Then talent. He says: “Talent comes in all shapes and forms and colors and ethnicities. It is home grown and it finds its way here from someplace else. It is the young entrepreneur and the seasoned research scientist; the designer, the architect, the programmer, the doctor, the professor. In a knowledge economy such as ours talent is wealth. The cities that retain and attract talent are winning; the others are losing. … Talent today is measured in post-secondary degree attainment. We must do better.” (Emphasis added.)
Exactly! His formula: better schools from early childhood on and, because talent is increasingly mobile, retaining talent after they graduate from college. He recognizes that the provision of quality basic services and amenities are crucial to retaining and attracting residents. Specifically he speaks of the importance of parks; roads; transit (including considering street cars!); biking and walking friendly and street lighting.
On all these issues the city is hindered by state policy. The Mayor emphasized the Legislature’s unwillingness to increase transportation funding. Which matters a lot, but so does a decade or more of revenue sharing and education (particularly higher education) cuts. And an ambivalence, at best, about being welcoming to all (including, but not limited to, immigrants).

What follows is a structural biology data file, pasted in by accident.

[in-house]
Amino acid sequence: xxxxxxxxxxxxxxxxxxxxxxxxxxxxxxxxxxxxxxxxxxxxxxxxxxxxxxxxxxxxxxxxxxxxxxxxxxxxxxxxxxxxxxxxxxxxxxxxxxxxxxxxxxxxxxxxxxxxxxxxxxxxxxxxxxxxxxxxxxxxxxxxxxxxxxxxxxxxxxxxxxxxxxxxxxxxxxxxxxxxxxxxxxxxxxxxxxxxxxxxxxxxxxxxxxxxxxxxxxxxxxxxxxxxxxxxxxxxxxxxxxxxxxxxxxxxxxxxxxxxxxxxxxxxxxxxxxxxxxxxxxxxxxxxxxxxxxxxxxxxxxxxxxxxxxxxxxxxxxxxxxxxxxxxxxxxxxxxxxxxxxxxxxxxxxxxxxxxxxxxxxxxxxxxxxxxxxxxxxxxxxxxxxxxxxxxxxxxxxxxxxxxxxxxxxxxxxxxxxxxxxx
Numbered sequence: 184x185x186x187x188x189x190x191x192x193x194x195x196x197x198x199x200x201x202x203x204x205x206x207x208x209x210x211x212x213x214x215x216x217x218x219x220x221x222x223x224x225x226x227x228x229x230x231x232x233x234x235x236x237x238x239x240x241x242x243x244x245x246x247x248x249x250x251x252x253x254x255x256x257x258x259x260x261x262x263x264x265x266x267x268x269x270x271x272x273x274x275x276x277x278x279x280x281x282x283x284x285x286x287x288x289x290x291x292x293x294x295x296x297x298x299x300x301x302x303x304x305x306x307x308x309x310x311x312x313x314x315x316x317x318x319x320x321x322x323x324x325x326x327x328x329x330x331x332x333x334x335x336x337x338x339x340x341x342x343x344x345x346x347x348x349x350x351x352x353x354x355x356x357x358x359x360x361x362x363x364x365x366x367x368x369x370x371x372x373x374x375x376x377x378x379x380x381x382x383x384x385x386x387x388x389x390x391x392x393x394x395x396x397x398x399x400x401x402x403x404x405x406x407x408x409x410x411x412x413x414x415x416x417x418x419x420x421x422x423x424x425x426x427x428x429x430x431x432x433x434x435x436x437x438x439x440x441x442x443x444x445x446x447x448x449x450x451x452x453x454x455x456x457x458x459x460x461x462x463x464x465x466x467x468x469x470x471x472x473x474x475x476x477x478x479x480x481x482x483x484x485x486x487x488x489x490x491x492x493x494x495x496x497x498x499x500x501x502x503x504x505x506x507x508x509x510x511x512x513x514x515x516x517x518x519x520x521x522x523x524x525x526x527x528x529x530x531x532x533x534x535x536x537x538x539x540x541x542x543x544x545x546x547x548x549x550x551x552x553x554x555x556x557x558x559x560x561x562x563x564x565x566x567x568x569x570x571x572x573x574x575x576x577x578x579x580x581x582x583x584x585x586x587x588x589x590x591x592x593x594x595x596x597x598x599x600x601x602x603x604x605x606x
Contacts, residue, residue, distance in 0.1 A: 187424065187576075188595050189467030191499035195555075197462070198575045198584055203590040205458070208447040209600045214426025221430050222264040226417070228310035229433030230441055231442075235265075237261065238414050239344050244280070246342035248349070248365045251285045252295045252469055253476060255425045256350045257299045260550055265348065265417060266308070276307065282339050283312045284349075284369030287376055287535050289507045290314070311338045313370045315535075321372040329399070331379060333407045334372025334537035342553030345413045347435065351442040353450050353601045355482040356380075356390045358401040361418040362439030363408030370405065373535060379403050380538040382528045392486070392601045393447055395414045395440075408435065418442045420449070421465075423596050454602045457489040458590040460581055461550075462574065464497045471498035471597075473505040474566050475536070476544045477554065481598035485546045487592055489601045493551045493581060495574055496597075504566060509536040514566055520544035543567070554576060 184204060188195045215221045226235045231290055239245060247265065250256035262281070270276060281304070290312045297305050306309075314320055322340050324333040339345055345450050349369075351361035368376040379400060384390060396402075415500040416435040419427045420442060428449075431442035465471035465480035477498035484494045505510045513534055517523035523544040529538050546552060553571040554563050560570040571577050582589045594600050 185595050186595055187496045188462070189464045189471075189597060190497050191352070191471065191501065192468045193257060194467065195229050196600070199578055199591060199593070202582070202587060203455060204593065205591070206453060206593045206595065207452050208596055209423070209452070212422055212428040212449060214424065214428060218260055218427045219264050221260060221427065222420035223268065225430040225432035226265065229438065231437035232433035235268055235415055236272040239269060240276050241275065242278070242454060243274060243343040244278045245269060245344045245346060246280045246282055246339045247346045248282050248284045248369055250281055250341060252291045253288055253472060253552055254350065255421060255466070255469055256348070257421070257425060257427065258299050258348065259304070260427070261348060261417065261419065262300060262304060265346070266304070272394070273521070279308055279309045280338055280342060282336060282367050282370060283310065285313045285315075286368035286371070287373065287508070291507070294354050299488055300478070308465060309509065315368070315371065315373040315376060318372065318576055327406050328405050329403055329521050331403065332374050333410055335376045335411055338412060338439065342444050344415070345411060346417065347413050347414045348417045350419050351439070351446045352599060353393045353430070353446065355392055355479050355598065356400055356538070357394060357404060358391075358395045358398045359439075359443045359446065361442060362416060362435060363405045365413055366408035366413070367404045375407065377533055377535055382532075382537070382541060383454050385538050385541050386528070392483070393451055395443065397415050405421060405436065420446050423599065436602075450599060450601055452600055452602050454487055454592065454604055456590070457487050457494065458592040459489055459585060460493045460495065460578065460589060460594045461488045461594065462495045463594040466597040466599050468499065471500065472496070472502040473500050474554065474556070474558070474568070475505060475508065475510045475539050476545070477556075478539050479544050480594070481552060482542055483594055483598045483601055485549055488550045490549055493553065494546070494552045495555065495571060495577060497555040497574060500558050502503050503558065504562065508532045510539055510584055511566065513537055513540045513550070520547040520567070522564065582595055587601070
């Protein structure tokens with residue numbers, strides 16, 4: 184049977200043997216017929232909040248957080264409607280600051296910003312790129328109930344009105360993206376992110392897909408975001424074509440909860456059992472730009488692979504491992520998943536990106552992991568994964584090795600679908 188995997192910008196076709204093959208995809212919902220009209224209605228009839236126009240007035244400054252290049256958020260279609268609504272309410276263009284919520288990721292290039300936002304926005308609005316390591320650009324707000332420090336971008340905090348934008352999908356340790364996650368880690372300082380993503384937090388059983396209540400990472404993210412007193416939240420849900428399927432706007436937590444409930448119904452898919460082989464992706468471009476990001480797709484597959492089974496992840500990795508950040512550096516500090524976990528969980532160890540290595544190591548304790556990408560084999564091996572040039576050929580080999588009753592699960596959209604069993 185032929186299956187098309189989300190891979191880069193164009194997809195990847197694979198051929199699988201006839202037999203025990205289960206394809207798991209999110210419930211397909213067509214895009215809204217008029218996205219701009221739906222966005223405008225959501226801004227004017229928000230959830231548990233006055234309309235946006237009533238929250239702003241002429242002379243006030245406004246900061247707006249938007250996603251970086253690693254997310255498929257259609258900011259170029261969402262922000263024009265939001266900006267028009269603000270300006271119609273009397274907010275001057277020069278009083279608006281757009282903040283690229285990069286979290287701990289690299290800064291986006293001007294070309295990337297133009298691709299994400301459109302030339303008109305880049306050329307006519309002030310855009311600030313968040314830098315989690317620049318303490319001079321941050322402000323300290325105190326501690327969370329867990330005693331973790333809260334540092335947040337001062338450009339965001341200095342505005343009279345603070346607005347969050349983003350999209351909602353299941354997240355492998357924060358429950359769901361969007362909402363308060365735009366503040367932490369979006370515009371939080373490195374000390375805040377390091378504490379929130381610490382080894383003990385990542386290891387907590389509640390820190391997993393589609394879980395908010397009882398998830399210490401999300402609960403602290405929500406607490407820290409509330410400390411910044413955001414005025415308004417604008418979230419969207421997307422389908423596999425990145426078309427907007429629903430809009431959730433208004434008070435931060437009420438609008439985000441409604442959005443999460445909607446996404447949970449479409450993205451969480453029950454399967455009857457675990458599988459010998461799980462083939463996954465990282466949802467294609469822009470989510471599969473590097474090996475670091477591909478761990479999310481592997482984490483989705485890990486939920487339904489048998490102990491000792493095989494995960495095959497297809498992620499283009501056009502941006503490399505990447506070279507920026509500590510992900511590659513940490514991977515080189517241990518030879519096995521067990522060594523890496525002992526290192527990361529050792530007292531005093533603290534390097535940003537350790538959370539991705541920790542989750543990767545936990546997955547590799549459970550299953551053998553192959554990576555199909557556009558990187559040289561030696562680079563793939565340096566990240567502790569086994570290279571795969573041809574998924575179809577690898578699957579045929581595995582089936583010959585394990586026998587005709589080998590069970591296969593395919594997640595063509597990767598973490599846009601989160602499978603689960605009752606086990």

We need state, regional and city policy across the state that starts with as the Mayor puts it: “In a knowledge economy such as ours talent is wealth.” That is the starting point of constructing an agenda that will put Michigan back on the path to prosperity. Because unless we increase the education level of those who choose to live and work here we are going to be one of America’s poorest states.
No Comments • Read this story »
At the core of Michigan Future’s work has been the belief that globalization and technology are mega forces that are and will continue to transform the economy. And that both are more powerful by orders of magnitude than policy or politics. That means, as we explored previously, that more and more work that humans have done in the past––at all skill levels––are going to become obsolete.